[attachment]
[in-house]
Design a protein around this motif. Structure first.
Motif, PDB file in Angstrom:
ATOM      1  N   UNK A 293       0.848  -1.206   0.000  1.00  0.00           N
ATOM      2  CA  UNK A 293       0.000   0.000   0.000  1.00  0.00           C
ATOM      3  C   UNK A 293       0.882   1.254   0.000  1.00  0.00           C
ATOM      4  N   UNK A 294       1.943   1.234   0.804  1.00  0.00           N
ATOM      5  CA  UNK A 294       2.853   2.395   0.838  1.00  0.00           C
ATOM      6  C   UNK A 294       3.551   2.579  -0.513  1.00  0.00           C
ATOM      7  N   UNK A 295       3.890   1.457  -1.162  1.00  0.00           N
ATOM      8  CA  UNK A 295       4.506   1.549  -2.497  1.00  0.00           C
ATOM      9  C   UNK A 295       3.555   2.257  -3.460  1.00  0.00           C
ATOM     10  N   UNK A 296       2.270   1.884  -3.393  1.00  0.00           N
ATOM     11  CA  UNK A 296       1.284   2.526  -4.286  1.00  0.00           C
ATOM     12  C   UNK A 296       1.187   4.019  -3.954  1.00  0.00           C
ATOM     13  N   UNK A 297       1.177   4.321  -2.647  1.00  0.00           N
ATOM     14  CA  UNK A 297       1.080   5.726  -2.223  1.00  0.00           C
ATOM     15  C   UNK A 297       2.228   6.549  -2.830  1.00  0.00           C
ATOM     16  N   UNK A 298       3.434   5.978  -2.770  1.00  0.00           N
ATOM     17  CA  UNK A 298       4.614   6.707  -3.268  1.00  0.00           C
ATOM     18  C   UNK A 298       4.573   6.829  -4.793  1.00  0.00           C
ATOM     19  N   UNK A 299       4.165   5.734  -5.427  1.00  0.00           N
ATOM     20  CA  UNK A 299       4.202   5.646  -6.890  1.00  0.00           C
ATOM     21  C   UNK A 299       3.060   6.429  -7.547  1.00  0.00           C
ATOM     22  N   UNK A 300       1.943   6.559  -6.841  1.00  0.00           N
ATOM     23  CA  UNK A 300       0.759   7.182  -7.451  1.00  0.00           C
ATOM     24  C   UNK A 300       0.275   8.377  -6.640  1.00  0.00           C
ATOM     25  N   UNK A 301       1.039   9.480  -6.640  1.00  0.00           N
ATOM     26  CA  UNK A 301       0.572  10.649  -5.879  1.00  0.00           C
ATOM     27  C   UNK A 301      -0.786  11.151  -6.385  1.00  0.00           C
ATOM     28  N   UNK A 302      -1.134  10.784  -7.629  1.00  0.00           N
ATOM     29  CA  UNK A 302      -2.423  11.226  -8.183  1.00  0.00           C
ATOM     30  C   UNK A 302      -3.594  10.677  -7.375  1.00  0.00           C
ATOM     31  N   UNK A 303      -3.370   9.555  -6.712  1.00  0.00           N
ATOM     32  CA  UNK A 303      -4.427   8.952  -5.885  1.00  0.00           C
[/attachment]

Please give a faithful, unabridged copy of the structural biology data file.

[in-house]
Design a protein around this motif. Structure first.
Motif, PDB file in Angstrom:
ATOM      1  N   UNK A 293       0.848  -1.206   0.000  1.00  0.00           N
ATOM      2  CA  UNK A 293       0.000   0.000   0.000  1.00  0.00           C
ATOM      3  C   UNK A 293       0.882   1.254   0.000  1.00  0.00           C
ATOM      4  N   UNK A 294       1.943   1.234   0.804  1.00  0.00           N
ATOM      5  CA  UNK A 294       2.853   2.395   0.838  1.00  0.00           C
ATOM      6  C   UNK A 294       3.551   2.579  -0.513  1.00  0.00           C
ATOM      7  N   UNK A 295       3.890   1.457  -1.162  1.00  0.00           N
ATOM      8  CA  UNK A 295       4.506   1.549  -2.497  1.00  0.00           C
ATOM      9  C   UNK A 295       3.555   2.257  -3.460  1.00  0.00           C
ATOM     10  N   UNK A 296       2.270   1.884  -3.393  1.00  0.00           N
ATOM     11  CA  UNK A 296       1.284   2.526  -4.286  1.00  0.00           C
ATOM     12  C   UNK A 296       1.187   4.019  -3.954  1.00  0.00           C
ATOM     13  N   UNK A 297       1.177   4.321  -2.647  1.00  0.00           N
ATOM     14  CA  UNK A 297       1.080   5.726  -2.223  1.00  0.00           C
ATOM     15  C   UNK A 297       2.228   6.549  -2.830  1.00  0.00           C
ATOM     16  N   UNK A 298       3.434   5.978  -2.770  1.00  0.00           N
ATOM     17  CA  UNK A 298       4.614   6.707  -3.268  1.00  0.00           C
ATOM     18  C   UNK A 298       4.573   6.829  -4.793  1.00  0.00           C
ATOM     19  N   UNK A 299       4.165   5.734  -5.427  1.00  0.00           N
ATOM     20  CA  UNK A 299       4.202   5.646  -6.890  1.00  0.00           C
ATOM     21  C   UNK A 299       3.060   6.429  -7.547  1.00  0.00           C
ATOM     22  N   UNK A 300       1.943   6.559  -6.841  1.00  0.00           N
ATOM     23  CA  UNK A 300       0.759   7.182  -7.451  1.00  0.00           C
ATOM     24  C   UNK A 300       0.275   8.377  -6.640  1.00  0.00           C
ATOM     25  N   UNK A 301       1.039   9.480  -6.640  1.00  0.00           N
ATOM     26  CA  UNK A 301       0.572  10.649  -5.879  1.00  0.00           C
ATOM     27  C   UNK A 301      -0.786  11.151  -6.385  1.00  0.00           C
ATOM     28  N   UNK A 302      -1.134  10.784  -7.629  1.00  0.00           N
ATOM     29  CA  UNK A 302      -2.423  11.226  -8.183  1.00  0.00           C
ATOM     30  C   UNK A 302      -3.594  10.677  -7.375  1.00  0.00           C
ATOM     31  N   UNK A 303      -3.370   9.555  -6.712  1.00  0.00           N
ATOM     32  CA  UNK A 303      -4.427   8.952  -5.885  1.00  0.00           C